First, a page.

2015 VAT changes
|The rules relating to VAT on supplies of digitally delivered services, broadcasting and telecommunications are changing with effect from 1 January 2015, writes Niall Campbell. These changes are of major significance for businesses providing services to private customers, or non-taxable entities, in other E.U. Member States.|
|What businesses are affected?
The new 2015 rules apply to supplies of:
1. Digitally delivered services: such as downloads of apps, games, ebooks, music or films, web hosting and distance learning
2. Telecommunications: such as fixed and mobile telephone services, videophone services and access over the internet
3. Broadcasting: such as radio and television programmes transmitted over a network and live broadcasts over the internet.
What’s changing and why?
Up until now, EU suppliers of these services have been subject to VAT in their home jurisdiction, when supplying such services to EU private consumers. This led to many online businesses, telecoms providers and broadcasters establishing operations in Luxembourg and availing of the lowest VAT rate in the EU - both the lowest standard rate of 15% and the super-reduced rate of 3% for certain media and broadcasting services.
The purpose of the new 2015 rules is to facilitate a level playing field by requiring that VAT be paid in the country where the customer is located , or service is consumed, rather than where the supplier is located. This is designed to mirror the VAT treatment which applies to providers operating domestically within each EU Member State.
In theory, non-EU established suppliers of electronically supplied services to private individuals have been required to account for VAT in the country of consumption since 1st January 2010. In practice, however, it is pretty unclear what level of compliance has been achieved with these provisions.
What’s the practical impact - what you need to know about 2015.
Despite the technical merits behind the 2015 rules, there are a number of significant practical impacts for businesses to think about.
1. How do you know where your customer is?
Digitally supplied services can be delivered to a customer without any physical presence or with conflicting evidence of where he / she is located (e.g. address in the UK, US IP address, Irish credit card, French mobile phone). To deal with the uncertainty around customer location, a complex set of tie-breaker rules has been devised which businesses must follow. Despite this determining customer location is proving to be a difficult exercise and an issue which is likely to become a post 2015 VAT audit battleground.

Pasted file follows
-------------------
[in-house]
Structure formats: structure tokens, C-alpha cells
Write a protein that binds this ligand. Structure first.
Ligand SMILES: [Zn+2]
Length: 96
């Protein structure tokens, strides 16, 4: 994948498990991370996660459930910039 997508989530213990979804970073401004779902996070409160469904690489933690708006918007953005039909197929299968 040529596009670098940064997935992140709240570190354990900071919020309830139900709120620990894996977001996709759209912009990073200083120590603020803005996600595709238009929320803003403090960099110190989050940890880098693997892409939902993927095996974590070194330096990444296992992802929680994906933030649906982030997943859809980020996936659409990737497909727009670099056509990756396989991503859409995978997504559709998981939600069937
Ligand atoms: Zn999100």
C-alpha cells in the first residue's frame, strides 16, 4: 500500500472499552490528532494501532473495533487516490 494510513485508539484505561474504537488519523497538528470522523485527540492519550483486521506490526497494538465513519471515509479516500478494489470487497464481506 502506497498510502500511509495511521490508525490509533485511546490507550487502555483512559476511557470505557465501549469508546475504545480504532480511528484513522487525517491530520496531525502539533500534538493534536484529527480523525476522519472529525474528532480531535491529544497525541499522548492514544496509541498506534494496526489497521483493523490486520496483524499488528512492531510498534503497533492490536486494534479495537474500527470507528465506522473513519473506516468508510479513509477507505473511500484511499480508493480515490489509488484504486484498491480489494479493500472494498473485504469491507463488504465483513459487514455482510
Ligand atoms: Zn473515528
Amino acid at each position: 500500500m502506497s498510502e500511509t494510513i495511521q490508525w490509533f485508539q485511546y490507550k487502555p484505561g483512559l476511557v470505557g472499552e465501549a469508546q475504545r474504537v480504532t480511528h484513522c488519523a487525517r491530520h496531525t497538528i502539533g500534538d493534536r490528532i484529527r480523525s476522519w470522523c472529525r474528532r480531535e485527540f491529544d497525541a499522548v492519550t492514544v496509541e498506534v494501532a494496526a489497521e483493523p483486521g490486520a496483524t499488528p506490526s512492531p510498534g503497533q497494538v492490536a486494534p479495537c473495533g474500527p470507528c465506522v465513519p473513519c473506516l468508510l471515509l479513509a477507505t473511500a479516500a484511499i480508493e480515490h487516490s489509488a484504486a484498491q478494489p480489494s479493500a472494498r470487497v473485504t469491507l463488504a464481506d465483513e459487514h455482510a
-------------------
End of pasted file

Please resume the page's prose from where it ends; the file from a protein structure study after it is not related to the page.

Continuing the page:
2. Who do I pay the VAT to?
Businesses selling to private customers in all EU Member States now have 28 Member State VAT return obligations - compared with today where selling from a central EU country would only require one local VAT filing. To reduce the additional compliance burden which the 2015 changes cause, a new EU wide VAT return scheme known as the Mini One Stop Shop (or MOSS) has been introduced. It facilitates suppliers only registering in one country and submitting a multi-country VAT return to their local tax authorities, who will distribute the tax to their EU counterparts.
3. What price do I charge?
As VAT will be chargeable at the local rate of the customer, businesses will need to factor that into their pricing strategies. Some businesses will decide to maintain an EU-wide price for simplicity and commercial clarity, but others will need to produce a more sophisticated real-time pricing model which takes account of the VAT rate in the country of the purchaser.
Each of the above issues point to the need for impacted businesses to be very well prepared, otherwise the risk of non-compliance is pretty significant. This requires a deep assessment of business processes and IT systems.
The new rules determine which party is legally responsible to account for the VAT in situations where other parties (online marketplaces, payment providers, etc.) are in some way involved in the supply chain. Businesses will need to consider the platforms on which they supply their services to customers and the party responsible for paying the VAT.
The exchequer revenue’s of Member States with a low standard VAT rate (such as Luxembourg) benefitted significantly from businesses establishing in their country and applying “local” VAT to their pan EU B2C supplies of relevant services.
These revenues will drop sharply from 1 January 2015. As a transitional measure, the Member States of establishment will, until 1 January 2019, retain a decreasing proportion of VAT receipts collected through the MOSS scheme. Tax authorities are therefore eager (where the choice exists) to ensure that taxpayers register for MOSS in their jurisdiction.
The level of compliance from non-EU supplier’s to date has been inconsistent. As the sector comes more into focus, now may be the time for those non-EU suppliers to “get it right”.
And need to know the Multi-country Currently an EU supplier providing such services only has to consider the VAT regulations in the country in which the supplier is established.
From 1 January 2015 the supplier will need to be compliant with the VAT rules (e.g. invoice content) in each country where its customers are located.
The 2015 changes are significant. Affected businesses need to understand the impact of new rules on their own business and ensure that all necessary steps are taken towards being compliant on 1 January. Failing to do so will leave a business exposed to potential multi-jurisdiction interest and penalties.
Niall Campbell is a tax partner KPMG.